Report: “Tiny” Bitcoin Usage Compared to Traditional Cashless Payment Systems

Tech Trends
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On a report published on May 10, the US Congressional Research Service (CRS) – the public research arm or think tank of the US Congress – found that bitcoin usage is minuscule compared to traditional payment systems that are not cash like credit, debit, Venmo, Apple Pay, and check payments.

CRS found that while the demand for money in the US is steadily growing, its use for payments is decreasing – but despite this trend, people still haven’t turned to bitcoin as an alternative, as industry experts had hoped.

“To date, the shift away from cash has largely been in favor of traditional non-cash payment systems; however, some observers predict that new alternative systems will play a greater role in the future,” the report said. “Such alternative systems aim to address some of the inefficiencies and risks of traditional non-cash systems, but face obstacles to achieving that goal and involve costs of their own.”

“Private systems that use distributed ledger technology, such as cryptocurrencies, may not serve the core functions of money well and face challenges to widespread acceptance and technological scalability,” the report found.

The report also said that bitcoin’s price does not accurately reflect its overall demand. CRS analyzed how many times bitcoin is transferred per day and found that the number of transactions was “minuscule” compared to other more traditional systems.

For example, in 2019 through March 12, “the bitcoin system averaged around 310,000 transactions a day globally, a pace that would result in around 113 million transactions a year,” while more than $144 billion in traditional payments did not. Monetary transactions were made in 2015, nearly 1,275 times the average number of annual bitcoin transactions. Learn how to buy cryptocurrencies like Dogecoin.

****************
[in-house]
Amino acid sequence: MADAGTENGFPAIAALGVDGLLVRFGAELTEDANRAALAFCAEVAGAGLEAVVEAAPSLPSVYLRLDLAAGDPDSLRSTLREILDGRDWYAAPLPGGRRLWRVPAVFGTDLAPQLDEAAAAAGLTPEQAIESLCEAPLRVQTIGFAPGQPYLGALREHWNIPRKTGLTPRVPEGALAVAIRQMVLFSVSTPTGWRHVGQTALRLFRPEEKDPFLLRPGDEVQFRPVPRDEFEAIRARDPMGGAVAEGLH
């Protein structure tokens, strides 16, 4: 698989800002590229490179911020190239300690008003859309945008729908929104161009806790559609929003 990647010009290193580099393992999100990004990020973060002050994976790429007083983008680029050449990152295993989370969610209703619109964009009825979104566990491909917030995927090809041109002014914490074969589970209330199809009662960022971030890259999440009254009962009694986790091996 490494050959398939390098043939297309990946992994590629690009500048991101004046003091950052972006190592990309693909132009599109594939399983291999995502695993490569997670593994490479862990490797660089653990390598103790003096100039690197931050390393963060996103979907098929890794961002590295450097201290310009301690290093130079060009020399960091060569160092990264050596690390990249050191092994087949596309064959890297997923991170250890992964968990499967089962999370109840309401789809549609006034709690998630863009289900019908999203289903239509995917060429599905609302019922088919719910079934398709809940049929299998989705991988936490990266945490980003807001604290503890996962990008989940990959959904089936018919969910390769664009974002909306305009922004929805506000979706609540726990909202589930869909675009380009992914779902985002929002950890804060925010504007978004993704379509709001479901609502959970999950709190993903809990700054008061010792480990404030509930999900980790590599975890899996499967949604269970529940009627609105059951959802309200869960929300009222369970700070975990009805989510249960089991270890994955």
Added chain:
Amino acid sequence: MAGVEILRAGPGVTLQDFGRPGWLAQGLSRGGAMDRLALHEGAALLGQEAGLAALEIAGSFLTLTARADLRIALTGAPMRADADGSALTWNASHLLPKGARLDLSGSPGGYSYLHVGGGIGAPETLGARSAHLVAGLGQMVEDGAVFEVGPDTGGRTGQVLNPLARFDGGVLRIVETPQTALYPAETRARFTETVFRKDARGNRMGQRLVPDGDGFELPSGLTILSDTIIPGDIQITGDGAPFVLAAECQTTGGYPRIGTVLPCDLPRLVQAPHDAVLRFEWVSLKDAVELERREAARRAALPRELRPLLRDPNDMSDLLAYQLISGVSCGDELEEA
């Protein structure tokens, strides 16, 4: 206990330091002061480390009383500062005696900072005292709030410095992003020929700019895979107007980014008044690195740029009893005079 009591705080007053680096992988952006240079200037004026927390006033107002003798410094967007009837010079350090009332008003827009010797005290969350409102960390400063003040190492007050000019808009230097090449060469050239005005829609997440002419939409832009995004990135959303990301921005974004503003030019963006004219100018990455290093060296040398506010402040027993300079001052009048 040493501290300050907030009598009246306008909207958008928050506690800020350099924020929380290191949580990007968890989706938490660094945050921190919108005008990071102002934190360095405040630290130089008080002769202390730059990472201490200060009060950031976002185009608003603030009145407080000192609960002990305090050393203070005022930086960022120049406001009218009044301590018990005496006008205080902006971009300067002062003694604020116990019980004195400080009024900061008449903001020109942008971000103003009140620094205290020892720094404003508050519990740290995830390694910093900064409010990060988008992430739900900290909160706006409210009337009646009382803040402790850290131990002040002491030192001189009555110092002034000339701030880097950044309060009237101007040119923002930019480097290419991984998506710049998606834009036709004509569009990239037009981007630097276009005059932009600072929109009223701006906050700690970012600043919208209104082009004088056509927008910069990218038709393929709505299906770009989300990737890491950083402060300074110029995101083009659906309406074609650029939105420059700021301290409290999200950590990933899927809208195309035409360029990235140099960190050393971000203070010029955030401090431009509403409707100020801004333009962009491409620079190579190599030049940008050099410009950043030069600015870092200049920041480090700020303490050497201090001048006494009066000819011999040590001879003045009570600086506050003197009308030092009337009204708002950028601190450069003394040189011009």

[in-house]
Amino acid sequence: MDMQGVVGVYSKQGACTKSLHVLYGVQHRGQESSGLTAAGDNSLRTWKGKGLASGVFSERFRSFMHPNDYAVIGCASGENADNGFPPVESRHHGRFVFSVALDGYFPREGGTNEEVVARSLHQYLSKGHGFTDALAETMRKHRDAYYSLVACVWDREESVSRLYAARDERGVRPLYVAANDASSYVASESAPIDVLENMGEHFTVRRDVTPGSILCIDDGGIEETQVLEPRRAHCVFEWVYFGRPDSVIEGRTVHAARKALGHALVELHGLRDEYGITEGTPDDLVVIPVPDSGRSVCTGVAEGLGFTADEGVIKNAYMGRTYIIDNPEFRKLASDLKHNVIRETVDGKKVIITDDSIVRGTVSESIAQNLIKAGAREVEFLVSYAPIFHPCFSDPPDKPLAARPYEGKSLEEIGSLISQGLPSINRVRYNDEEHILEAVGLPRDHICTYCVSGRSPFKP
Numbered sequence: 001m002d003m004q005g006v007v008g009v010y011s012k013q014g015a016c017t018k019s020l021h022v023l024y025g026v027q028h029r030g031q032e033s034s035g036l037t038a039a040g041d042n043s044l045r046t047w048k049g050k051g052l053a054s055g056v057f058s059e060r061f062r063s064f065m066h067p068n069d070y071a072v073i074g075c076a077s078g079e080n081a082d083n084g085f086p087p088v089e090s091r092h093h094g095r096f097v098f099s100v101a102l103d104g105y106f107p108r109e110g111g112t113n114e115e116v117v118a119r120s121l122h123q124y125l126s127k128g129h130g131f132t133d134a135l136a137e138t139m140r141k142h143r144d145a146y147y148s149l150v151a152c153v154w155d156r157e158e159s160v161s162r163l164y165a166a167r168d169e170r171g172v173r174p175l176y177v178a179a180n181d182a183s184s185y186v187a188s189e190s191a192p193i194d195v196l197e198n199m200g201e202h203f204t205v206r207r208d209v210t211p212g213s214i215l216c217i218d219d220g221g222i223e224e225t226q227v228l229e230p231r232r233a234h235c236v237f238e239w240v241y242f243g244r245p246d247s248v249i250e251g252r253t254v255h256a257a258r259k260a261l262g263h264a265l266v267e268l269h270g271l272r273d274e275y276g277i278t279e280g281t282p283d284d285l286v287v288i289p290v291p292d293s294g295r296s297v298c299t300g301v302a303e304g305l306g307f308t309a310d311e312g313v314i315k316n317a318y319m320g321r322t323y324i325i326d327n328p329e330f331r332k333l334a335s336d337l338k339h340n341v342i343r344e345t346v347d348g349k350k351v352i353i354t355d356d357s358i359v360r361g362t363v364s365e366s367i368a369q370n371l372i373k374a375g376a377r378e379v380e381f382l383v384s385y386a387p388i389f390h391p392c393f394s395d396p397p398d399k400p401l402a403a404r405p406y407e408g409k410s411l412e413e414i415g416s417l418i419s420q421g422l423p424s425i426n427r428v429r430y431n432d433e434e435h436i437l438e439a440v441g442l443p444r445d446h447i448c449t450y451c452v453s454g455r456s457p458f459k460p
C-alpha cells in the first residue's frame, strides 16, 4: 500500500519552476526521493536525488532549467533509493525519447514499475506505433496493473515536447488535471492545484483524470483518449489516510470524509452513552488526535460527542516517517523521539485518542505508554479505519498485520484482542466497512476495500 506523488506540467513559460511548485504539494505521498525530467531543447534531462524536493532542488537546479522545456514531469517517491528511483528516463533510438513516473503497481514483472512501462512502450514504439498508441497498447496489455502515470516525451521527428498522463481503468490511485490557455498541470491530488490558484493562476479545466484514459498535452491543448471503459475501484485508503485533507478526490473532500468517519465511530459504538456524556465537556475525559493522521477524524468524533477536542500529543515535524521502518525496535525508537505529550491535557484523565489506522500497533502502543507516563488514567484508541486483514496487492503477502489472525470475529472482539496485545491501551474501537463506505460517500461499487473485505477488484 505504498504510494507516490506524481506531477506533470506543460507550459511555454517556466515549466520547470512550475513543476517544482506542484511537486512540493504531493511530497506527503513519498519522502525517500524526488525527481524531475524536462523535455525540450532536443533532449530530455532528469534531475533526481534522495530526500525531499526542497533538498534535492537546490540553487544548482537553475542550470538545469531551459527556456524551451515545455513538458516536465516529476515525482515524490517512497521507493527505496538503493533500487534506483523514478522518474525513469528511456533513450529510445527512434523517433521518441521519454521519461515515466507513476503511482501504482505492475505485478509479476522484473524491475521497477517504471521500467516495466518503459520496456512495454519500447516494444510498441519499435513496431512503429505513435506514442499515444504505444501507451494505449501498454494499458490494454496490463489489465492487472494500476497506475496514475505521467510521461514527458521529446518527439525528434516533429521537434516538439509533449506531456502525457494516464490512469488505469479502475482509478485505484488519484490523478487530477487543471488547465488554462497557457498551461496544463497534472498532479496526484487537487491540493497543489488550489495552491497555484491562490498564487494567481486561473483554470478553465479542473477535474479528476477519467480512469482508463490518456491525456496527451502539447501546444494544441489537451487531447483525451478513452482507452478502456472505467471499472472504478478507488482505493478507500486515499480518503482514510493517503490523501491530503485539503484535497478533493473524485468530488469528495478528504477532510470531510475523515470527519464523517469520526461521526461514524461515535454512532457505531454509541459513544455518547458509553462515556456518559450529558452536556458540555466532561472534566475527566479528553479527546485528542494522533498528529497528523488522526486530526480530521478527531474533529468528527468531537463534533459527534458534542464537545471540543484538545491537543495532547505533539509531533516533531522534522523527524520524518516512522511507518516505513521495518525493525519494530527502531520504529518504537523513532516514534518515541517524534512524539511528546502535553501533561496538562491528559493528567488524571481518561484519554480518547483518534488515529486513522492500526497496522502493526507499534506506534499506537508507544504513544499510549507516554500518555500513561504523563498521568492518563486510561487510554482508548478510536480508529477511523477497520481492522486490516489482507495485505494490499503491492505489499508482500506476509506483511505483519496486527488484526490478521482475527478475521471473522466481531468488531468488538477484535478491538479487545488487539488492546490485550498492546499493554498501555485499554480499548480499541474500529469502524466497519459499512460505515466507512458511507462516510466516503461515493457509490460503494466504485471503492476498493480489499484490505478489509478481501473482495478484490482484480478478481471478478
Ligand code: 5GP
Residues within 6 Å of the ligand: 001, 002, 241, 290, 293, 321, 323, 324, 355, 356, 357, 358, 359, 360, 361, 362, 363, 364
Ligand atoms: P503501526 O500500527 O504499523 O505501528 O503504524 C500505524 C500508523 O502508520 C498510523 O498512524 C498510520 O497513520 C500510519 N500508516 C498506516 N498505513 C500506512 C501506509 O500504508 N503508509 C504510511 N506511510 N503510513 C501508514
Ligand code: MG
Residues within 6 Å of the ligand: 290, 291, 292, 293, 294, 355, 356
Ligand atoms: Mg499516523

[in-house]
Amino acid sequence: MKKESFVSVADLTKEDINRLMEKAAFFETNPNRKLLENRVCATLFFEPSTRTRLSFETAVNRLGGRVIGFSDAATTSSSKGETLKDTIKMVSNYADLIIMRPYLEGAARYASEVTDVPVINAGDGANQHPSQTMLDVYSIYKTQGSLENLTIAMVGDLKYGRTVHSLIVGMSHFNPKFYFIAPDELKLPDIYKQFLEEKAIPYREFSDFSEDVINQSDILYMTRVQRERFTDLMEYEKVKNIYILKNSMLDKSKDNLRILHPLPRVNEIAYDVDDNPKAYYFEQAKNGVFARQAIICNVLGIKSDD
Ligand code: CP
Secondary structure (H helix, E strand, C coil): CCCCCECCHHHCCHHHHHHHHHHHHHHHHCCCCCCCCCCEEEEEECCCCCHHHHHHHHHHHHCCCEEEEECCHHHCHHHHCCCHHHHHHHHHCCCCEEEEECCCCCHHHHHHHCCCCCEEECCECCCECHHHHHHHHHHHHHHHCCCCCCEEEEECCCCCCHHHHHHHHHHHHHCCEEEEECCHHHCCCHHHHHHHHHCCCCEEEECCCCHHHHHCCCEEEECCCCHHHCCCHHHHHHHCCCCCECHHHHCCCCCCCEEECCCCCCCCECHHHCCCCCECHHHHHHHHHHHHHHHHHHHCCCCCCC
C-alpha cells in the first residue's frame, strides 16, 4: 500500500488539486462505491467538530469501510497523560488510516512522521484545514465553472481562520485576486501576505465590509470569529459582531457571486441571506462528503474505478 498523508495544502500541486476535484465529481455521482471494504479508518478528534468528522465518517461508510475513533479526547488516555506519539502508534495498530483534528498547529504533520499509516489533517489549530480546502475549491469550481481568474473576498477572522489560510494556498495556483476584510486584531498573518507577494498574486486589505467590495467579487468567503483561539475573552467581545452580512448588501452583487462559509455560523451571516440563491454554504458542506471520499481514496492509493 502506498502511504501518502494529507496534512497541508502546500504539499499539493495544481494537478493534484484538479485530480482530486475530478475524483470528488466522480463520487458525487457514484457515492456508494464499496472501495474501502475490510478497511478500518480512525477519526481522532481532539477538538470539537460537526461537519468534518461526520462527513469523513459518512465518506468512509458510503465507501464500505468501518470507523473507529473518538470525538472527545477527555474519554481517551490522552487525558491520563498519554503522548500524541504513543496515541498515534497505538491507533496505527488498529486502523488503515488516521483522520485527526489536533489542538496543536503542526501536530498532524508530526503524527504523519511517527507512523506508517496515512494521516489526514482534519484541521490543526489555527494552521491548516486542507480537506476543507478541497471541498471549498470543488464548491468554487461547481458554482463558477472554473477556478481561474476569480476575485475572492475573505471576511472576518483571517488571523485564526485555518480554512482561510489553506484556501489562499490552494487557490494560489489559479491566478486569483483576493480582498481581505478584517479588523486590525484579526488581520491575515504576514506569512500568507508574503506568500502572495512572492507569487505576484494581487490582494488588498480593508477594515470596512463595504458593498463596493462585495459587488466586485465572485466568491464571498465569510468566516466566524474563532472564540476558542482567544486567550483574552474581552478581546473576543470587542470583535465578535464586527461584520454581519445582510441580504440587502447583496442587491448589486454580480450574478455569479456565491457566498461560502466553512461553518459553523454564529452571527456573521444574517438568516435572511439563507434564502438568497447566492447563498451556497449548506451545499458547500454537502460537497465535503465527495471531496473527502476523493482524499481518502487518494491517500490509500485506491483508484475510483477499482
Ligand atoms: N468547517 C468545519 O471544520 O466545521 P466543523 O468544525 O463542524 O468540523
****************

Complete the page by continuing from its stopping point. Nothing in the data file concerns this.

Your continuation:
The researchers described this as a measure of the number of times two parties exchanged bitcoin; this type of data does not tell us how many times bitcoin was used to buy something.

“Some part of these exchanges, possibly a significantly large part, are driven by investors giving fiat currency to an exchange to buy and hold Bitcoin as an investment. In these transfers, Bitcoin is not acting like money (i.e. not being exchanged for a good or service),” the report said.

CRS said it found it difficult to imagine an economy where cash would be replaced, at least in the near future, but admitted that the “hegemony of cash as a payment system seems to have come to an end” and that the ubiquity of its acceptance in the world real looks a bit precarious.

“If non-cash payment systems significantly displace cash and the use of cash, and acceptance significantly declines, there will be a range of effects (both positive and negative) on the economy and society,” the CRS warned.

“Now or in the near future, policymakers may be faced with decisions about whether to halt or accelerate cash declines and consider the implications of doing so,” he added.

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